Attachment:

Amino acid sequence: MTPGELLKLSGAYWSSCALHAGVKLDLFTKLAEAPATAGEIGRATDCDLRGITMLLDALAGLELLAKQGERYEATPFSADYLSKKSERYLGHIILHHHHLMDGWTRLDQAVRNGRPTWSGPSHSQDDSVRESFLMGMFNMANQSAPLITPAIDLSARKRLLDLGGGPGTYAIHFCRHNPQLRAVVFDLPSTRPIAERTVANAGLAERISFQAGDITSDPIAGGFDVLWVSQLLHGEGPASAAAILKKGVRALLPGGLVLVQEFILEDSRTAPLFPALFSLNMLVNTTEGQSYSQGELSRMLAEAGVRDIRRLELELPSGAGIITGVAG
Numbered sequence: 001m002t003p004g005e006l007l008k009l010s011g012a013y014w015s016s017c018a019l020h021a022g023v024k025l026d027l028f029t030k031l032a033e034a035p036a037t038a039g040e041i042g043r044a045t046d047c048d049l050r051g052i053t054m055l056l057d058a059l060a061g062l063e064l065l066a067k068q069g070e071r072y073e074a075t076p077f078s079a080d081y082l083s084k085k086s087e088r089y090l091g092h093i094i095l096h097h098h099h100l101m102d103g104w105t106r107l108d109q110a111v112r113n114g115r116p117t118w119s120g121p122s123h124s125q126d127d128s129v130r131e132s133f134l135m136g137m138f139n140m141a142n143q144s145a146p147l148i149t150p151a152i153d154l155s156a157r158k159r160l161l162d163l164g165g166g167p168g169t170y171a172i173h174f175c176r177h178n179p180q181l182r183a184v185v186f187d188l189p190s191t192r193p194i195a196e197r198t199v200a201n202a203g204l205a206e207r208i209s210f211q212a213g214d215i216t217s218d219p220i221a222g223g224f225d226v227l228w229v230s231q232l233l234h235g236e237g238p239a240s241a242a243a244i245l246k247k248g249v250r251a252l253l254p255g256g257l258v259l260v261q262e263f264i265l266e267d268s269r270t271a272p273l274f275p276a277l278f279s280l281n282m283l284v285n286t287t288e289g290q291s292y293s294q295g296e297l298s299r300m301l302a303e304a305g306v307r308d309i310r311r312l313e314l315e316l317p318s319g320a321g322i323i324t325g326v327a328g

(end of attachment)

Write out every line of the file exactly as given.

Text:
Amino acid sequence: MTPGELLKLSGAYWSSCALHAGVKLDLFTKLAEAPATAGEIGRATDCDLRGITMLLDALAGLELLAKQGERYEATPFSADYLSKKSERYLGHIILHHHHLMDGWTRLDQAVRNGRPTWSGPSHSQDDSVRESFLMGMFNMANQSAPLITPAIDLSARKRLLDLGGGPGTYAIHFCRHNPQLRAVVFDLPSTRPIAERTVANAGLAERISFQAGDITSDPIAGGFDVLWVSQLLHGEGPASAAAILKKGVRALLPGGLVLVQEFILEDSRTAPLFPALFSLNMLVNTTEGQSYSQGELSRMLAEAGVRDIRRLELELPSGAGIITGVAG
Numbered sequence: 001m002t003p004g005e006l007l008k009l010s011g012a013y014w015s016s017c018a019l020h021a022g023v024k025l026d027l028f029t030k031l032a033e034a035p036a037t038a039g040e041i042g043r044a045t046d047c048d049l050r051g052i053t054m055l056l057d058a059l060a061g062l063e064l065l066a067k068q069g070e071r072y073e074a075t076p077f078s079a080d081y082l083s084k085k086s087e088r089y090l091g092h093i094i095l096h097h098h099h100l101m102d103g104w105t106r107l108d109q110a111v112r113n114g115r116p117t118w119s120g121p122s123h124s125q126d127d128s129v130r131e132s133f134l135m136g137m138f139n140m141a142n143q144s145a146p147l148i149t150p151a152i153d154l155s156a157r158k159r160l161l162d163l164g165g166g167p168g169t170y171a172i173h174f175c176r177h178n179p180q181l182r183a184v185v186f187d188l189p190s191t192r193p194i195a196e197r198t199v200a201n202a203g204l205a206e207r208i209s210f211q212a213g214d215i216t217s218d219p220i221a222g223g224f225d226v227l228w229v230s231q232l233l234h235g236e237g238p239a240s241a242a243a244i245l246k247k248g249v250r251a252l253l254p255g256g257l258v259l260v261q262e263f264i265l266e267d268s269r270t271a272p273l274f275p276a277l278f279s280l281n282m283l284v285n286t287t288e289g290q291s292y293s294q295g296e297l298s299r300m301l302a303e304a305g306v307r308d309i310r311r312l313e314l315e316l317p318s319g320a321g322i323i324t325g326v327a328g